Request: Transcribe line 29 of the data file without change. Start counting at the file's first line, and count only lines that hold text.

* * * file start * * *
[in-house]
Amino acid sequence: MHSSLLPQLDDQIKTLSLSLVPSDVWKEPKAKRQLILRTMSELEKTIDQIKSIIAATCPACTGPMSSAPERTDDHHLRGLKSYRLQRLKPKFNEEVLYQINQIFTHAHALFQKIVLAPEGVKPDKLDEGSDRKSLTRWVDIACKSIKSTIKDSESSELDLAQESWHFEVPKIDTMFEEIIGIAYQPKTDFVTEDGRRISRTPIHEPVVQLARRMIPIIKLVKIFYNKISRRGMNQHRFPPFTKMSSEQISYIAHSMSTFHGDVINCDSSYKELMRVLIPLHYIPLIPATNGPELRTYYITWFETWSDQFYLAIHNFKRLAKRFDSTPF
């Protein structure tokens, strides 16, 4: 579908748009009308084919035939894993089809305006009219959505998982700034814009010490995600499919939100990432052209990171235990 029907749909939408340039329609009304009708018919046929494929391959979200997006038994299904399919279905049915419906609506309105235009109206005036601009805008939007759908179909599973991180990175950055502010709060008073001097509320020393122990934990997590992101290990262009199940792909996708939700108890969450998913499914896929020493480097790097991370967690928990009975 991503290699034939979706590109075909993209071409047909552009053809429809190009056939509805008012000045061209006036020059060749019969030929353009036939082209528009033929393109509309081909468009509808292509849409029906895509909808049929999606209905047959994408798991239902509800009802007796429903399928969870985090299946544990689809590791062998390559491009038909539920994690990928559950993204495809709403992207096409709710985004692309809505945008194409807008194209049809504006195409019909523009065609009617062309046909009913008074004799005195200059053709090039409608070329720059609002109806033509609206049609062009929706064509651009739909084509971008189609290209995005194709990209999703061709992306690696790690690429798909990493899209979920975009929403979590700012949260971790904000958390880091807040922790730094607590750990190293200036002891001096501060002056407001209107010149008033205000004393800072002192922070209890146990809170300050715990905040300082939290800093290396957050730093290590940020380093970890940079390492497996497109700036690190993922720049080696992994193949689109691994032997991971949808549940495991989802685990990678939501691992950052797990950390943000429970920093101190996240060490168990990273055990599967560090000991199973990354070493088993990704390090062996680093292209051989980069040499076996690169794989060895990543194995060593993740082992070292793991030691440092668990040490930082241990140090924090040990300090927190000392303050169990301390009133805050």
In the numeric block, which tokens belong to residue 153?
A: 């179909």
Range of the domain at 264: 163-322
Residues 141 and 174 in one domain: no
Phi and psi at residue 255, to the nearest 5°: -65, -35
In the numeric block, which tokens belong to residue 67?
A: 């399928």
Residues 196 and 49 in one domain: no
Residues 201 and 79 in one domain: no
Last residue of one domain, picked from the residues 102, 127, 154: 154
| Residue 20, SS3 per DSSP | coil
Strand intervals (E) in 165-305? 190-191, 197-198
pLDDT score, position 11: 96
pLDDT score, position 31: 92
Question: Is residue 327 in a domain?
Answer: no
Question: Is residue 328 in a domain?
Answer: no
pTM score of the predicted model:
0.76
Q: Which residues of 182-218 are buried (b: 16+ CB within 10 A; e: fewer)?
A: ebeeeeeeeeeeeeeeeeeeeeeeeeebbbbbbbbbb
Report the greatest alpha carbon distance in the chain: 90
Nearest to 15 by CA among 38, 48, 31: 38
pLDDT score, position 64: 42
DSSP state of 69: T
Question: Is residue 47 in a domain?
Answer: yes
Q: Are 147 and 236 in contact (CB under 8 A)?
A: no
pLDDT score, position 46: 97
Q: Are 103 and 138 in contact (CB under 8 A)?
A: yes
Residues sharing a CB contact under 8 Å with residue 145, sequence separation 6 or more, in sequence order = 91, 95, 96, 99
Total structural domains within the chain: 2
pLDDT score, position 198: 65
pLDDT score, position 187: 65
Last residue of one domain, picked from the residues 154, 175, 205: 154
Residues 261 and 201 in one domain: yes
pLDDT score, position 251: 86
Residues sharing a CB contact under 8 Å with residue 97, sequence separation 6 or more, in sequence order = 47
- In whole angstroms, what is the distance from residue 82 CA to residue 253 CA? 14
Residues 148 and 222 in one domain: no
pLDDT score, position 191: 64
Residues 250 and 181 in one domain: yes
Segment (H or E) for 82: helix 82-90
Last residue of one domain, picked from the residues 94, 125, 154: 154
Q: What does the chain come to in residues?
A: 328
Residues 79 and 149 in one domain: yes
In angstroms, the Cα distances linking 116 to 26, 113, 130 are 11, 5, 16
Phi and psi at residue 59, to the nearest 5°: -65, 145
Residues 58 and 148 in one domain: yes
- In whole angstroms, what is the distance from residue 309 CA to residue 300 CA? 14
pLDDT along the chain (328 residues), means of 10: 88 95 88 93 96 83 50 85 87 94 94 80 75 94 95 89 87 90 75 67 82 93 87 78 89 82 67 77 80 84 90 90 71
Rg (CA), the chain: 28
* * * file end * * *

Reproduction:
DSSP state of 69: T